But Williams, speaking on XM Radio yesterday, dismissed the idea that McCarthy is headed to Washington -- or any other team.
"We are not planning on moving any of our pitchers on our major league roster for any players out there," Williams said. "I told Brandon McCarthy that directly when I got to the clubhouse. . . . Brandon McCarthy is not going anywhere. He's part of our present and he's part of our future."
One National League executive said over the weekend that Bowden -- a notorious wheeler-dealer whose cellphone voice mail currently answers, "I can't come to the phone because I'm in the middle of trying to make a deal" -- could be trying to lure division rivals into the bidding for Soriano, hoping the fear of losing a playoff berth would be enough to surrender better prospects. That suspicion first arose when the Seattle Mariners were reported to have interest in Soriano last week.
"That'd be just like him," the executive said of Bowden. Two other executives expected Bowden to try to keep the bidding open until the 11th hour in the hopes of making one team give up a prospect they were reluctant to part with.
Bowden, as he has shopped Soriano, has been aggressive in asking for top prospects in each respective suitor's system -- reportedly right-hander Philip Hughes and outfielder Jose Tabata from the New York Yankees, second baseman Howie Kendrick and right-hander Ervin Santana from the Los Angeles Angels, and right-hander Humberto Sanchez (who was scratched from a scheduled start last night because of an elbow problem) and outfielder Cameron Maybin from the Tigers.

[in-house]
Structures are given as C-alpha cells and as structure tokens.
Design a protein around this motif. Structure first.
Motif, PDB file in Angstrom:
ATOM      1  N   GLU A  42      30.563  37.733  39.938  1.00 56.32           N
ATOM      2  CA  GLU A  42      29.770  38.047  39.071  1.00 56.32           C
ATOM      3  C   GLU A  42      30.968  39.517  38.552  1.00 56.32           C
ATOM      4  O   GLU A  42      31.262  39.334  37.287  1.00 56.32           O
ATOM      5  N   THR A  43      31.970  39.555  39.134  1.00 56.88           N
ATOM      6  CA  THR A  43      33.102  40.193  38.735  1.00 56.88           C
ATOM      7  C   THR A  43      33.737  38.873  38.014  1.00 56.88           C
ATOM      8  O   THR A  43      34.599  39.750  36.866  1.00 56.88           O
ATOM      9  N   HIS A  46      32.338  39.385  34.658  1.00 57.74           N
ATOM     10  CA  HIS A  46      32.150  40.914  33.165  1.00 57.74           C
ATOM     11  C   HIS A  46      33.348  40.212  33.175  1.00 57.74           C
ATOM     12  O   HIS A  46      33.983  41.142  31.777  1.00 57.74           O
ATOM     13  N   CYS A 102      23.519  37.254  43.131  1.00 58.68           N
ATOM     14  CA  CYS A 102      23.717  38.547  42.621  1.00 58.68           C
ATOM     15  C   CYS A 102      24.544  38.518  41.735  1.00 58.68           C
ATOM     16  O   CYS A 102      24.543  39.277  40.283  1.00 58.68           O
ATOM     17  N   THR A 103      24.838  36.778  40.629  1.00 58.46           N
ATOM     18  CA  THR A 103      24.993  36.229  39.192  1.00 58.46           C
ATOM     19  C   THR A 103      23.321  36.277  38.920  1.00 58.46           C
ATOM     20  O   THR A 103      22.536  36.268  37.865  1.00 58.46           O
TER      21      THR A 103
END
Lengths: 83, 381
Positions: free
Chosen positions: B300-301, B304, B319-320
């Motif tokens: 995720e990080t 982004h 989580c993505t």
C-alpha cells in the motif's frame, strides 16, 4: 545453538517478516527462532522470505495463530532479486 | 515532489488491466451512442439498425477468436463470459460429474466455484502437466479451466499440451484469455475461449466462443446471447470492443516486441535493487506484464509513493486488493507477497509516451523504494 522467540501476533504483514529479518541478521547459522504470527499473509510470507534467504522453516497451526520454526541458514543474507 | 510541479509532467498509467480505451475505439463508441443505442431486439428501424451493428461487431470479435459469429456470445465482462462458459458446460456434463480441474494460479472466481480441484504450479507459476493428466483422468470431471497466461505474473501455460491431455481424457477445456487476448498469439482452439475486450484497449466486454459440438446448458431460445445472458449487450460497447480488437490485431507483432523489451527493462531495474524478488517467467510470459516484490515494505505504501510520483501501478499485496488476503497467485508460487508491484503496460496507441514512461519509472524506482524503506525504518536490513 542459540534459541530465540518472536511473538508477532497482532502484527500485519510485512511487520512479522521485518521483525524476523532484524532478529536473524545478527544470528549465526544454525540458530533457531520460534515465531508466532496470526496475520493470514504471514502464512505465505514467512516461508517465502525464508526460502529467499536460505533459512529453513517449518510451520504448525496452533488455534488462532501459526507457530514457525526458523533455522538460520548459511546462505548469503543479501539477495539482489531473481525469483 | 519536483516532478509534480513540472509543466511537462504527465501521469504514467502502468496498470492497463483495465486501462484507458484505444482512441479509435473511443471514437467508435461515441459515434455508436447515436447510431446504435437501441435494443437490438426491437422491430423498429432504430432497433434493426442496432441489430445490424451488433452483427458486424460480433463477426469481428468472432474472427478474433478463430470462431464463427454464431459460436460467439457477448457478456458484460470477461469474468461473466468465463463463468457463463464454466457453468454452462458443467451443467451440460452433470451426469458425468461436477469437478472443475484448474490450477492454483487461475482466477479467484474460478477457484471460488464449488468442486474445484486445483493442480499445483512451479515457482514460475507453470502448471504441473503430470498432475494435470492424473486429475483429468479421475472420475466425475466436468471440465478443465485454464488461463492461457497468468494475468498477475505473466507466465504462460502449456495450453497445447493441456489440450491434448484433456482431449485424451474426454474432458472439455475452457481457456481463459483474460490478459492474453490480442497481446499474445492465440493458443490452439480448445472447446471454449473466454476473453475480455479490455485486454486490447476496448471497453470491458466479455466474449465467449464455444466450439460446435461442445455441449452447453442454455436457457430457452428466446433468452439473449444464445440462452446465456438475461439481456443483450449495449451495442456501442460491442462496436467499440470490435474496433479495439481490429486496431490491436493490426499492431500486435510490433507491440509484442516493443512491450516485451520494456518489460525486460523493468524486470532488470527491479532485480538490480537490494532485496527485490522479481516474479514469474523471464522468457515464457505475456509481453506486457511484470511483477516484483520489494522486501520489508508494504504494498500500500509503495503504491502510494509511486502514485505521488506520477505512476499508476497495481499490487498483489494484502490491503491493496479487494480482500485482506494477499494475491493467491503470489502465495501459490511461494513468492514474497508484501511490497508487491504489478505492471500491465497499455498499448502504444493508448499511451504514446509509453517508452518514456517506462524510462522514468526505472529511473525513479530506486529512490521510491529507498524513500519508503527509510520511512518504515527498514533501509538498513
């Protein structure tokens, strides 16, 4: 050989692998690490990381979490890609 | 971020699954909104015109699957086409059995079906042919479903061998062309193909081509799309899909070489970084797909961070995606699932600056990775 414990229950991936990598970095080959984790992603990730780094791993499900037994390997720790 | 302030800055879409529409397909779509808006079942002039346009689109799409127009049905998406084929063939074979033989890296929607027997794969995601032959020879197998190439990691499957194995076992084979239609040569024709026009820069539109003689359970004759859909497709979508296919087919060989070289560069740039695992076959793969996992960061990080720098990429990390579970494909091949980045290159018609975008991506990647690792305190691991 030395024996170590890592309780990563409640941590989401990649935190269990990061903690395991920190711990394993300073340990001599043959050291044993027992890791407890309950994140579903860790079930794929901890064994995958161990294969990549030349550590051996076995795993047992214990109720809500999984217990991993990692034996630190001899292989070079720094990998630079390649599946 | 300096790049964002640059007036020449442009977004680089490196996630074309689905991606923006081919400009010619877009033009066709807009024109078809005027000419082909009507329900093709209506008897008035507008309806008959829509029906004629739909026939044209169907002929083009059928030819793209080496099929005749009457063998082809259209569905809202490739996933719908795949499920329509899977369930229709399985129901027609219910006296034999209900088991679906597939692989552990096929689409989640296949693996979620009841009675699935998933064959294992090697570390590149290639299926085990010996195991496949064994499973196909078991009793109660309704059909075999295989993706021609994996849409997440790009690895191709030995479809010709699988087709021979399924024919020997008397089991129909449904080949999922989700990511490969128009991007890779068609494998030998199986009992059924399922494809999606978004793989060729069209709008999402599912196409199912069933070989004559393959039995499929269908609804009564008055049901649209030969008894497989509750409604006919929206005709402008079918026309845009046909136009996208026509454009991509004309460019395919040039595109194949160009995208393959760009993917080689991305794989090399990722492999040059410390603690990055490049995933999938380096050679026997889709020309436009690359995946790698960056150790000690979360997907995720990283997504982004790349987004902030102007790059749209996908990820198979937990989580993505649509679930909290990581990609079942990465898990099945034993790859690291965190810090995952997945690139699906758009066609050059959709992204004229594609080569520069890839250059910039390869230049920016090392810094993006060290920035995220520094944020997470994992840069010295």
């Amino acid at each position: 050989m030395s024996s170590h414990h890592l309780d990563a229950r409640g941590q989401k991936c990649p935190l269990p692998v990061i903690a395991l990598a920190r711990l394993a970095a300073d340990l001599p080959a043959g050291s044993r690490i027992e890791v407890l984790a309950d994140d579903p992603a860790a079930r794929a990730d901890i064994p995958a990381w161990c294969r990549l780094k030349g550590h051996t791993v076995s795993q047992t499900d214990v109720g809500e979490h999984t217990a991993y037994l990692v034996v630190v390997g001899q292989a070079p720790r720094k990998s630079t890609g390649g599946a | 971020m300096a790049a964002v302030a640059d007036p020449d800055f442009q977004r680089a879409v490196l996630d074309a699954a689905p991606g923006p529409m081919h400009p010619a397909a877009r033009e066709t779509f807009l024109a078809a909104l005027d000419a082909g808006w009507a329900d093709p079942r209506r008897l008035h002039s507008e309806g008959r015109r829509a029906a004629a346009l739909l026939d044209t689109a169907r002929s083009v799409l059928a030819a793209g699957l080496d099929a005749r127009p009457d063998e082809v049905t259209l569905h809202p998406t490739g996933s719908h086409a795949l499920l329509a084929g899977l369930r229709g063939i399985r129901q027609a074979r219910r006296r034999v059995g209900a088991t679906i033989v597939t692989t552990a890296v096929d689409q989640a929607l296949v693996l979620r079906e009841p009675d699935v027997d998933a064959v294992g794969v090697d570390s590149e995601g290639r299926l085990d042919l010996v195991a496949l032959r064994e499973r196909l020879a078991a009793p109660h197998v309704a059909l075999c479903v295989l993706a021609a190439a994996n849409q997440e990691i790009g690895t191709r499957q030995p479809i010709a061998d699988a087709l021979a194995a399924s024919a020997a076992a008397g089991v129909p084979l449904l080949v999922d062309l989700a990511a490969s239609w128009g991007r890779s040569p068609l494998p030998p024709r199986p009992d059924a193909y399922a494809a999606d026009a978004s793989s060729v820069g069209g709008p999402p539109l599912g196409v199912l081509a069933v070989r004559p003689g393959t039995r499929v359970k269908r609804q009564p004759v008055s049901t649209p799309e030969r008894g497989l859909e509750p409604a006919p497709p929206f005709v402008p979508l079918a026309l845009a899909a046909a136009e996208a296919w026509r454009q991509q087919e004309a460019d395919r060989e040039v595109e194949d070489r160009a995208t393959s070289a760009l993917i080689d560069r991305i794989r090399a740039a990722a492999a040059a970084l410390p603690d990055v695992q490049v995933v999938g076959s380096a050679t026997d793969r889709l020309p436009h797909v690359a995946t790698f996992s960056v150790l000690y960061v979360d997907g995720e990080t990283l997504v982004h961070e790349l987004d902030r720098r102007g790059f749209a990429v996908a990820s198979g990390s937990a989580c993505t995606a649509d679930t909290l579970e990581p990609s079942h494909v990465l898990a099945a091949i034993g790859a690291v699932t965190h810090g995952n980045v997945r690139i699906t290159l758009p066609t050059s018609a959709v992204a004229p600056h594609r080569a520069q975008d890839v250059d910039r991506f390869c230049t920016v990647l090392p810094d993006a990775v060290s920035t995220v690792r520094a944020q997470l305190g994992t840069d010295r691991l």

So if a deal with the White Sox is to get done quickly, and it doesn't involve McCarthy, it's possible the Nationals could be targeting an outfielder such as Brian Anderson -- a 24-year-old who is hitting just .205 with a .281 on-base percentage as the White Sox' regular center fielder -- to go along with a prospect, perhaps right-hander Lance Broadway, left-hander Ray Liotta (who has struggled this year), third baseman Josh Fields, or outfielder Ryan Sweeney.
Meantime, the hiring of Rizzo came just one week after he interviewed with Bowden and team president Stan Kasten in Washington. Rizzo, 45, served with the Diamondbacks for seven seasons. He is well respected in the game and was instrumental in scouting and drafting such players as right-hander Brandon Webb, third baseman Chad Tracy and last year's top pick, shortstop Justin Upton.
"Mike will be involved in all facets of the operation, from the major leagues to scouting all the way through," Bowden said. "He has a tremendous amount of talent and ability."
Rizzo will oversee Dana Brown, who remains as director of amateur scouting, as well as two positions the Nationals have not yet filled -- director of professional scouting and director of international scouting.
"We've got big plans about doing things well domestically, here in the United States, and also abroad, in Latin America . . . and Asia," Rizzo said. "There's no place too far, no travel itinerary too rough for us to go and figure out ways to put better players into our system."